Sewer Odors in Bathroom Ask the Builder

Sewer Odors in Bathroom

DEAR TIM: We recently have begun to notice a sewer odor from only one of the three bathrooms in our house. It might be the toilet, but it’s hard to tell. The smell is not constant and some times it is very strong. Everything in the house drains fine, including the toilet with the odor. Where can the odor be coming from? I have put a bacterial additive in the toilet but this does not seem to help. Is this serious? What can I do to fix the problem? Karen B. Watseka, IL

DEAR KAREN: The odor can be coming from numerous places. Often the source of the problem is simple, but in rare occasions the problem can be a serious plumbing flaw that is hidden behind a wall. I have found more often than not that the problem can be solved in just a few moments with a quart of water.

See if all of the plumbing fixtures have water in the traps. Many people do not realize the purpose of the P shaped traps in the drain lines beneath sinks, tub and showers. Lots of people think they are there to catch rings and earrings from traveling down to sewers and septic tanks. They do this but they also keep sewer gas and vermin from traveling up and into your home. The standing water in a trap is an excellent barricade against sewer gas.

Plumbing fixtures or floor drains that get little use can loose this effective water seal. The water in the trap simply evaporates and/or it can be sucked from the trap by a clogged vent pipe or a poorly designed or installed pluming system. You can be fooled when you look into a drain and see the reflection of water. Even though you see water, sewer gas can be passing over this small amount of water left at the very bottom of a trap. Tubs and showers in guest bathrooms frequently are the culprit. Often people will use a toilet or sink in a bathroom but the tub and shower go unused for months at a time.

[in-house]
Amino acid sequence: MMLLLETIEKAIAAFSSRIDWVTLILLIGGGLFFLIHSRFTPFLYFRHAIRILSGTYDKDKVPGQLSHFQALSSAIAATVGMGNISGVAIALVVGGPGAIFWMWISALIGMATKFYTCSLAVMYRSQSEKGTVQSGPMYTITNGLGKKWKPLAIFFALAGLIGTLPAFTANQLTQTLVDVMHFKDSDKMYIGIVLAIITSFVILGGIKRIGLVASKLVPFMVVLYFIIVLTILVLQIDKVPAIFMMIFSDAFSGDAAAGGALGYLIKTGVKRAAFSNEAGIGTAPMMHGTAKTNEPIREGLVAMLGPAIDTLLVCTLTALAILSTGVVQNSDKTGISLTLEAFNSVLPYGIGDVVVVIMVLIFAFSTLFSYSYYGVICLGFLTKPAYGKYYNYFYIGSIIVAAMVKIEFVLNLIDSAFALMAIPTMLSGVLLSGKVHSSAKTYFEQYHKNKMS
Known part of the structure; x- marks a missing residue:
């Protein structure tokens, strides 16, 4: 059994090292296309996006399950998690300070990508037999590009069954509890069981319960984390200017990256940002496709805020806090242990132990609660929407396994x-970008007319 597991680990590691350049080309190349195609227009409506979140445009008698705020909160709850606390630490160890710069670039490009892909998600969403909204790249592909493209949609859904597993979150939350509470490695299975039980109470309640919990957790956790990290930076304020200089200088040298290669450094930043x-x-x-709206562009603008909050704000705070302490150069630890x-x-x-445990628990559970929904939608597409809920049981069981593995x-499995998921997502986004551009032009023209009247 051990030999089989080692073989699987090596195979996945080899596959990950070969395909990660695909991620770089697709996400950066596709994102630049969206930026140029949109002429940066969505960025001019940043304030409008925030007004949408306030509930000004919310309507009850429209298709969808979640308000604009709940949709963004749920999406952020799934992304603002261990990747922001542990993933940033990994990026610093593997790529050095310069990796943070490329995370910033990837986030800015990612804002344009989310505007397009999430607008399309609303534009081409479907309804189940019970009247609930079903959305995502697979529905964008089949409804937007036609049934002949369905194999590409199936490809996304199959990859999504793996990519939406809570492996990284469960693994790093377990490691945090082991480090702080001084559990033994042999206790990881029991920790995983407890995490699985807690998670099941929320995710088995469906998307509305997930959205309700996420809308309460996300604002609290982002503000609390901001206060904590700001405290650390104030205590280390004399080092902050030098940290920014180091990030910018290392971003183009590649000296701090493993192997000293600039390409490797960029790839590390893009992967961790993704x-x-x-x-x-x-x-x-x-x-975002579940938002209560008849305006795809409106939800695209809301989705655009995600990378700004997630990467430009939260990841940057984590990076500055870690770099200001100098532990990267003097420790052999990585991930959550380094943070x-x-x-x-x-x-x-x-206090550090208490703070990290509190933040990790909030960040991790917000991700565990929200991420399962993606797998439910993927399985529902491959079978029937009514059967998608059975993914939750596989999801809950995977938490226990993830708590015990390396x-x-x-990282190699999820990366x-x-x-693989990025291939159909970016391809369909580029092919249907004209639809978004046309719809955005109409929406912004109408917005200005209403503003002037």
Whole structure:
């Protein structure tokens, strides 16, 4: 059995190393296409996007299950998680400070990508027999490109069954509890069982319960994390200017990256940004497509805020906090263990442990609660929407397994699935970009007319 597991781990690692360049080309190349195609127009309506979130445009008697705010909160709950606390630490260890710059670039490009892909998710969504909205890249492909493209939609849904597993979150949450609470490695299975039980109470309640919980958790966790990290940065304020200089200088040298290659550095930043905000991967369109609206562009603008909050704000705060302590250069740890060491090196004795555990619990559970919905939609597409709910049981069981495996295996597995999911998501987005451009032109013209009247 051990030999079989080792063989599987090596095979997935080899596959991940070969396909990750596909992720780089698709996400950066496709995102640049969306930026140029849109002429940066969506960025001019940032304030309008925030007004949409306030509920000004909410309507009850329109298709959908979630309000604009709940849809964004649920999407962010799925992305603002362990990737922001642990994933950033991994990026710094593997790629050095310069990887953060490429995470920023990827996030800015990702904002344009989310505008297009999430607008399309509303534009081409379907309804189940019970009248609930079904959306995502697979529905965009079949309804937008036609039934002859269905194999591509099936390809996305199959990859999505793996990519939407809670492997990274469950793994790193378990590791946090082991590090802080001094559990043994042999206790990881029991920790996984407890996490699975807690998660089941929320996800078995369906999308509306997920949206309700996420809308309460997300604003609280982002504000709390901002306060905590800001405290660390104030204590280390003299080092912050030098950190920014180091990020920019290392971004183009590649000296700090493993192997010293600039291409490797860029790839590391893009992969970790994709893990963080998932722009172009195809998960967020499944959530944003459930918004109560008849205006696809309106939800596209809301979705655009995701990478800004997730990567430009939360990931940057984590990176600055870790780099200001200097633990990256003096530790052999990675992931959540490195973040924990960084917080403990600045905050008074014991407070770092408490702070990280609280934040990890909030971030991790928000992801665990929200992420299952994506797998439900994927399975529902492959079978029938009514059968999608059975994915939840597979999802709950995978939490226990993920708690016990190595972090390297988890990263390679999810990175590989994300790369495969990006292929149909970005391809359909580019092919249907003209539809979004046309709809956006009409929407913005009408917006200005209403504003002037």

Pour a quart of water in the sink and tub drains. This is plenty of water to fill the trap and provide the full water seal. If this is the problem, the odor should go away in a very short amount of time. If the odor is still present, then it is time to look at other possibilities.

The inside surface of bathroom sink, tub and shower drains can also be a huge source of odors. Kitchen sinks frequently have similar odor problems. Almost all sinks have a piece of pipe called a tailpiece that extends from the bottom of the sink into the top of the p trap. This pipe is constantly exposed to the air in your bathroom. All of the bacteria, dirt, grime, mold, etc. pass through this pipe on its way to the sewer or septic system. But often some is left behind. Over time a thick layer of slime starts to collect on the inside surface of this vertical pipe. Mold and bacteria can begin to grow and some produce noxious odors.

Because of the fixed metal parts at the bottom of sink and tub drains, it is virtually impossible to completely clean these pipes while they are in place. Often you can take apart the drain assembly and clean the inside of this pipe in a jiffy. Pay attention to the rubber washers and gaskets as you take them apart. If the drain is old, these parts often need to be replaced with new ones to make sure the drain is leak free once you re-assemble it.

Bathroom sinks can also develop odors in the overflow part of the actual sink. The overflow is a little hole at the top of the sink that connects to the bottom of the sink. It is also susceptible to slime buildup. If you are on a city sewer system you can try to pour a 50/50 mix of chlorine bleach and water into this hole. A turkey baster works well for this purpose. Never mix chlorine bleach with ammonia or other cleaning liquids. Toxic gases can form. If you are on a septic system do not use chlorine bleach. It can harm the bacteria in your septic tank. Try to use a small bottle brush to clean this passageway.

If after all of this the odor persists, the problem may be a serious plumbing problem. The toilet seal may be broken. A hidden vent pipe may have cracked. A plumbing professional has the tools, equipment and know-how to often quickly diagnose problems like this. Call a pro if you can’t solve the odor problem.

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